A consortium of academic and industrial partners led by Oxford University will deliver quantum technologies including building a fully-functional prototype quantum computer. The Oxford-led Hub for Networked Quantum Information Technologies (NQIT) will look to combine state of the art systems for controlling particles of light (photons) together with devices that control matter at the atomic level to develop technologies for the future of communications and computing.
NQIT is one of four Quantum Technology Hubs that will be funded by the Engineering and Physical Sciences Research Council (EPSRC) from the £270 million (about $400 million) investment in the UK National Quantum Technologies Programme announced by the Chancellor, George Osborne in his Autumn Statement of 2013.
The Oxford-led Hub will use a novel network architecture, where building blocks such as trapped ions, superconducting circuits, or electron spins in solids, are linked up by photonic quantum interconnects.
Oxford researchers published promising trapped ion quantum results recently.
The researchers trapped a Ca+ ion on a sapphire substrate using an electric field—modifying the field allowed for representing “0” or “1” qubit states. In so doing, the researchers found that they could achieve a coherence time of up to 50 seconds—a record for a non-shielded atomic-ion. researchers then used laser pumping techniques to prepare the ion’s electron to a ground state, then applied optical excitation to read the qubit state. The team ran this same procedure 150,000 and reported an average error rate of just 0.07 percent—clearly much better than the 1 percent benchmark. The then applied 3.2-gigahertz microwave pulses to cause the qubits to act as logic gates—they report near perfect accuracy. They followed that up by generating a long sequence of logic gate operations which ran with an error rate of just 1×10−6—again, much better than the benchmark.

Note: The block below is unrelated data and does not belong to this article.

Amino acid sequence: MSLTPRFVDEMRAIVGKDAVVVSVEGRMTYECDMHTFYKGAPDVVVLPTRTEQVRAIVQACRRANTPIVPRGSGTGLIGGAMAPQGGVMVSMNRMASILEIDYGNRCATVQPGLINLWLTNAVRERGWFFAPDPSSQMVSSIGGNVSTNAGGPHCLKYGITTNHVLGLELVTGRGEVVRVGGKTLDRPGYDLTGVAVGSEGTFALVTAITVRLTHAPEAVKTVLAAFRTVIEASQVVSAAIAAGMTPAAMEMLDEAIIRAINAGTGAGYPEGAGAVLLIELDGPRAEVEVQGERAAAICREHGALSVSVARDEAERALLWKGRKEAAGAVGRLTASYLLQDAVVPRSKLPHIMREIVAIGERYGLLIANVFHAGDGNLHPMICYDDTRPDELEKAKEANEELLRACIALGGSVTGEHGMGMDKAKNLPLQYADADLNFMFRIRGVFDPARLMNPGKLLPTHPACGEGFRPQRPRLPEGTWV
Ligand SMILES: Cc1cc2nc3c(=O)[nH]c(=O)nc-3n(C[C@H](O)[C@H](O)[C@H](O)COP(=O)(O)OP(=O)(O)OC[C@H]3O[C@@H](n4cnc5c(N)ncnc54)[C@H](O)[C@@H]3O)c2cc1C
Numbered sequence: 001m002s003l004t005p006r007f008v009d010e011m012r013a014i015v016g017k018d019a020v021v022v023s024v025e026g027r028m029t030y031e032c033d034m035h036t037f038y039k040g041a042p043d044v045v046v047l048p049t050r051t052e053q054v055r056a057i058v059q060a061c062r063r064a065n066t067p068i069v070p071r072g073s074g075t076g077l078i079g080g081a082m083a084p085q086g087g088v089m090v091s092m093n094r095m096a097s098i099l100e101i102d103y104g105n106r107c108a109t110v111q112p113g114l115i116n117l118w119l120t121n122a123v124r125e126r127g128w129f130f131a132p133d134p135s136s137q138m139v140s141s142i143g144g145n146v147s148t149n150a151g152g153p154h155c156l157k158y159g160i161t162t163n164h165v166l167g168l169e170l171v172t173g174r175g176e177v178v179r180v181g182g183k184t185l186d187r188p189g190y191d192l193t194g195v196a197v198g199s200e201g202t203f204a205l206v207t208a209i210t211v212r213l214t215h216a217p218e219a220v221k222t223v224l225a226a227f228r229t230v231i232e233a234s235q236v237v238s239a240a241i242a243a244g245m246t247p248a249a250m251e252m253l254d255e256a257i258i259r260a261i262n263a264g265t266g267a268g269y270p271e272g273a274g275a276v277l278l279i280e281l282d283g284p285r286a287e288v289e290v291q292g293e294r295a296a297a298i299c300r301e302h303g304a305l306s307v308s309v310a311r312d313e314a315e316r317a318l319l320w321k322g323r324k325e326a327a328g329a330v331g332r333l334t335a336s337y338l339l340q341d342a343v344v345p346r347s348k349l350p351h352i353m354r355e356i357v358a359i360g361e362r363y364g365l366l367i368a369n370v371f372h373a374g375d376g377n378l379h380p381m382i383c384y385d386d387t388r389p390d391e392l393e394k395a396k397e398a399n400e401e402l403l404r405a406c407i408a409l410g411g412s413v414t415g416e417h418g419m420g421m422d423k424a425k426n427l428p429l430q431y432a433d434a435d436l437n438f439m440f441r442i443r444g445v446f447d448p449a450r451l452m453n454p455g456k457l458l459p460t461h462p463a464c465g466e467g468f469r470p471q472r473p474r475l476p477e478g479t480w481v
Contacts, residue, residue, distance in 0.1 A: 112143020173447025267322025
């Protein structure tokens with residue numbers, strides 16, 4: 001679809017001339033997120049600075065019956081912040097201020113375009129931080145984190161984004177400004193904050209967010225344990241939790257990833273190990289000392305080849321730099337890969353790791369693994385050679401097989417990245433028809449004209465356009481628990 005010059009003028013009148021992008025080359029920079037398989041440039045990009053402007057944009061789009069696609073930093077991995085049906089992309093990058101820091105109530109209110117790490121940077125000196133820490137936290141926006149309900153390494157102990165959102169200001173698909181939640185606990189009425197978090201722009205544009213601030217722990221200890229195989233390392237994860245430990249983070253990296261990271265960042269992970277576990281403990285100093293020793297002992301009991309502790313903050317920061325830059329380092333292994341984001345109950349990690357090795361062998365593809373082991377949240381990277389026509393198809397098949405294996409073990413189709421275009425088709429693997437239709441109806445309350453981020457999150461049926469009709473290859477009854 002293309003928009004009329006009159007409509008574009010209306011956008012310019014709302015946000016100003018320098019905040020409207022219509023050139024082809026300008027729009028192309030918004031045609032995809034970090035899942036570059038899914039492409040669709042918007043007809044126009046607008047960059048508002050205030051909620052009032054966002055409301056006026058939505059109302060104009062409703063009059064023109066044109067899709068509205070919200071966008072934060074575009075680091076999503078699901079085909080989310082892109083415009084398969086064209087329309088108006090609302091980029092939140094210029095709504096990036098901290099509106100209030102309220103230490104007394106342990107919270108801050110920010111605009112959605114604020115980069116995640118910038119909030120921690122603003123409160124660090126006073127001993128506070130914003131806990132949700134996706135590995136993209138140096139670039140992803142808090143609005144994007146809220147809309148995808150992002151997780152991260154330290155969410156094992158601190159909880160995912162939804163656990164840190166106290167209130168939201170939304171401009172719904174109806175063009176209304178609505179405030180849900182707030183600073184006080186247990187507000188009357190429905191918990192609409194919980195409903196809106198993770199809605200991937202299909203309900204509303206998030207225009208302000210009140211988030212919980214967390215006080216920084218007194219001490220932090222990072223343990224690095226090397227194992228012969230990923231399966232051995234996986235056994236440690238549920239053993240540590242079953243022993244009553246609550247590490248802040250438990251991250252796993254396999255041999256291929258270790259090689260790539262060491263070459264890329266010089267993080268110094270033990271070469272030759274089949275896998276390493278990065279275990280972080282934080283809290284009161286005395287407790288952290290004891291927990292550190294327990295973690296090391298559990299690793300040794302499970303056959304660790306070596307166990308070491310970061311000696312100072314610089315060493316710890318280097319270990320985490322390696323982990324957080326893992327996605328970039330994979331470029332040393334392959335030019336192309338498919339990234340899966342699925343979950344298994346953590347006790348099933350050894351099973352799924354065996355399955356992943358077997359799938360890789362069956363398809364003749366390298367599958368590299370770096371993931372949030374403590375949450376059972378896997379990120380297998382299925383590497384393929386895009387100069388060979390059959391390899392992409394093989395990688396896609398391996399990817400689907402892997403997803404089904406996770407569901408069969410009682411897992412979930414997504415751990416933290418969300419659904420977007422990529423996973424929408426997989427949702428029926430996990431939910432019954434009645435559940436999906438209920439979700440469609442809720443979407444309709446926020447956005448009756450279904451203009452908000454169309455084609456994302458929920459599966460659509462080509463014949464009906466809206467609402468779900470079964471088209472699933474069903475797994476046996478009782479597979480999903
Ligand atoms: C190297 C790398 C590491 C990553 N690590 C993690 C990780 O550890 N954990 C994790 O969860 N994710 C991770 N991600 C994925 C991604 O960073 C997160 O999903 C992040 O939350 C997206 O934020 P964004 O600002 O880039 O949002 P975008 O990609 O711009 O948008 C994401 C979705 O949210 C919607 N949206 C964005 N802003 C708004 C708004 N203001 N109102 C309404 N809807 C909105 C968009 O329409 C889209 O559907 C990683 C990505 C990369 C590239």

The results by the team suggest that trapped calcium ions may indeed prove to be a suitable means for representing qubits in a quantum computer, though a lot more research is yet to come—integrating all the functionalities in a single setup, for example.
Qubits made of a trapped 43Ca+ ion. RF and dc electrodes provide a trapping field for the ions, which are cooled by laser beams (blue) to microkelvin temperatures. A combination of laser pumping and microwave signals can deterministically prepare the qubit in a |0〉 or |1〉 state, and the state can be read out by monitoring its fluorescence (only |1〉 states result in the fluorescence, similar to that shown in the inset). Further logical gate operations can be carried out by applying various combinations of microwave pulses. The scheme yields preparation and readout errors of less than 0.07% and logic-gate errors of less than 10-6. Credit: APS/Alan Stonebrak
They implement all single-qubit operations with fidelities significantly above the minimum threshold required for fault-tolerant quantum computing, using a trapped-ion qubit stored in hyperfine “atomic clock” states of 43Caþ. We measure a combined qubit state preparation and single-shot readout fidelity of 99.93%, a memory coherence time of T*2 = 50 sec, and an average single-qubit gate fidelity of 99.9999%. These results are achieved in a room-temperature microfabricated surface trap, without the use of magnetic field shielding or dynamic decoupling techniques to overcome technical noise.
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